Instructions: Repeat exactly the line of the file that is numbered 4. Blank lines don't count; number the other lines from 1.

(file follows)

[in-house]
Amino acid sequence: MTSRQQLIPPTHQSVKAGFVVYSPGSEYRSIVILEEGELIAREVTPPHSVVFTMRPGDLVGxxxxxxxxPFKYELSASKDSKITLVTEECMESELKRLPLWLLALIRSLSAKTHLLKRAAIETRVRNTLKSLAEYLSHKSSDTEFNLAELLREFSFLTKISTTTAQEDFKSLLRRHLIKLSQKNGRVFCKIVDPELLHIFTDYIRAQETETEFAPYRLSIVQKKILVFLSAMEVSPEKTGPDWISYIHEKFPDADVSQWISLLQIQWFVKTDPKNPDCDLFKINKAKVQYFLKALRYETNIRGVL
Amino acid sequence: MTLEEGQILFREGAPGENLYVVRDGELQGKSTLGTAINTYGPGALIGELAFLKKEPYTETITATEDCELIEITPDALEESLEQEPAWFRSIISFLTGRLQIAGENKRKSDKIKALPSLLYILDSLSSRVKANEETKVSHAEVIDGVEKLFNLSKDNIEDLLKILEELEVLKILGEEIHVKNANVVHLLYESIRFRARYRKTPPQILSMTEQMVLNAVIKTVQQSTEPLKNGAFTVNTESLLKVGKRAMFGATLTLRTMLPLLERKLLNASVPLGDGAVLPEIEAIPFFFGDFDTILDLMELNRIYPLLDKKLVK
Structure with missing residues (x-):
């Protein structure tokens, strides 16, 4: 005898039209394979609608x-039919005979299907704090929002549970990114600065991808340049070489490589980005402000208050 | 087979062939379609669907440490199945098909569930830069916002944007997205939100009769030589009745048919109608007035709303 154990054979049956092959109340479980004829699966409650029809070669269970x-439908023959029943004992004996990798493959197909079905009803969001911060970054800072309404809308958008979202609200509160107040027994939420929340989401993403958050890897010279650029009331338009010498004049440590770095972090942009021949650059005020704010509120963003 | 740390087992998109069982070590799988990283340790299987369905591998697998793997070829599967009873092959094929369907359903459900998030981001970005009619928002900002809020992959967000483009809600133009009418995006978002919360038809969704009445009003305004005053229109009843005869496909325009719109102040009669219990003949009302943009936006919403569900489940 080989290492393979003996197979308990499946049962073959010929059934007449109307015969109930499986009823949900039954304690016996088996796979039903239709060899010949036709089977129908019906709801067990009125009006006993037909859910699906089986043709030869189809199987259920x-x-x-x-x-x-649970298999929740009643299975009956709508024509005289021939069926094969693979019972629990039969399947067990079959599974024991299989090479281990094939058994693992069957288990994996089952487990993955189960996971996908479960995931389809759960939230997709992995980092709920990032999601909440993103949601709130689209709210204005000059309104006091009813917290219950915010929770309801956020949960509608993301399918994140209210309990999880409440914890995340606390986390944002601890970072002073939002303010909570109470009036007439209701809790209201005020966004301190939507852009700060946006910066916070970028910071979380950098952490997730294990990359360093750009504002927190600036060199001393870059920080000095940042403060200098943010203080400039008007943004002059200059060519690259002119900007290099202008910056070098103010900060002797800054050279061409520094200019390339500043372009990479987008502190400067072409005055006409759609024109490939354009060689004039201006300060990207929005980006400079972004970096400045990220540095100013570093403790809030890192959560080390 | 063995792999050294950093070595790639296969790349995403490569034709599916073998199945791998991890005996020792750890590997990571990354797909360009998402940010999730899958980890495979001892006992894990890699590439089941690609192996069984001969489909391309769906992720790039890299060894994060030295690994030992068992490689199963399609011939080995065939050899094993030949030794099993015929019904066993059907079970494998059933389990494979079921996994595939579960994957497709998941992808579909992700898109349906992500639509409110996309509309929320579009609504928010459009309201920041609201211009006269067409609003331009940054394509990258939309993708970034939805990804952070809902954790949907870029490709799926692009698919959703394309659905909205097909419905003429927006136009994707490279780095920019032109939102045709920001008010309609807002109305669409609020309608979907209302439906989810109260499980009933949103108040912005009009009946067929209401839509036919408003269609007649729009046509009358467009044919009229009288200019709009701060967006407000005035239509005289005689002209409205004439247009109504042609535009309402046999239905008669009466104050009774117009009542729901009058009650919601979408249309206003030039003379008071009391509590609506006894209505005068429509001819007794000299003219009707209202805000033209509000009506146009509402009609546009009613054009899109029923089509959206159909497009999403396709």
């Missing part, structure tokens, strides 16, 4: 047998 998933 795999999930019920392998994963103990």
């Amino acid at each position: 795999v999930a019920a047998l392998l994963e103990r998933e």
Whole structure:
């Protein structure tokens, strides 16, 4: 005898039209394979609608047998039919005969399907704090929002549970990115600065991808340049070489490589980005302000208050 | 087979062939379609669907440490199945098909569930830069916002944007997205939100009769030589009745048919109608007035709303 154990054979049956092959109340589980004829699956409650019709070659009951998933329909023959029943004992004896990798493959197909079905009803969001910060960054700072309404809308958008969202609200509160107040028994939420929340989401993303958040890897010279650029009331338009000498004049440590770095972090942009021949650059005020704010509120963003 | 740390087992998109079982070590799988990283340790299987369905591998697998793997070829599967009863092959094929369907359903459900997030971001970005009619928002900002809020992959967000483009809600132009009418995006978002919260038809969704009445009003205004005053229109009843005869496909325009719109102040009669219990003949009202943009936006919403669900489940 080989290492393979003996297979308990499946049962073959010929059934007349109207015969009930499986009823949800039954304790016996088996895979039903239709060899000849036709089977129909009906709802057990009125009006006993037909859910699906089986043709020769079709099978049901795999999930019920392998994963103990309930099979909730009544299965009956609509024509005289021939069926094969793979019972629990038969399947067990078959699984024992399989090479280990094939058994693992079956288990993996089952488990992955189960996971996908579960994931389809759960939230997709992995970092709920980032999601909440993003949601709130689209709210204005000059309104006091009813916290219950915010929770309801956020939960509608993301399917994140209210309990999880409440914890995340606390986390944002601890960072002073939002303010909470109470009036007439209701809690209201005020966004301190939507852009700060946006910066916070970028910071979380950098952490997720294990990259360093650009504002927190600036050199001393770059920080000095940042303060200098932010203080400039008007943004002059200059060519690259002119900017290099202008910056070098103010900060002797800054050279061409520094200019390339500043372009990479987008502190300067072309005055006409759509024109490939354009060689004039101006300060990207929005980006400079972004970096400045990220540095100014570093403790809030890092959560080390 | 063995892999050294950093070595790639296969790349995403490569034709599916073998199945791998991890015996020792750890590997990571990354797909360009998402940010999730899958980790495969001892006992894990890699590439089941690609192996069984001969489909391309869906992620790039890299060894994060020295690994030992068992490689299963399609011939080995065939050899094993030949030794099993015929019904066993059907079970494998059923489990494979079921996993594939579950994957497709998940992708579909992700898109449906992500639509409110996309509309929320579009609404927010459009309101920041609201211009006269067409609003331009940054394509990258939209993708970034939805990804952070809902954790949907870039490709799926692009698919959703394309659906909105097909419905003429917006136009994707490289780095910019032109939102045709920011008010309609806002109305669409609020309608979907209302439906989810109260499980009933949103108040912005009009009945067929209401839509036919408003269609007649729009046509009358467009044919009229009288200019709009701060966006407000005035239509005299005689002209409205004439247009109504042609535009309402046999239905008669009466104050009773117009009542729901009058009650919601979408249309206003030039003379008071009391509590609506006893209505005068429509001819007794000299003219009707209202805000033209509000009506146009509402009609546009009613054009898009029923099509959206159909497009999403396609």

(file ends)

Structure with missing residues (x-):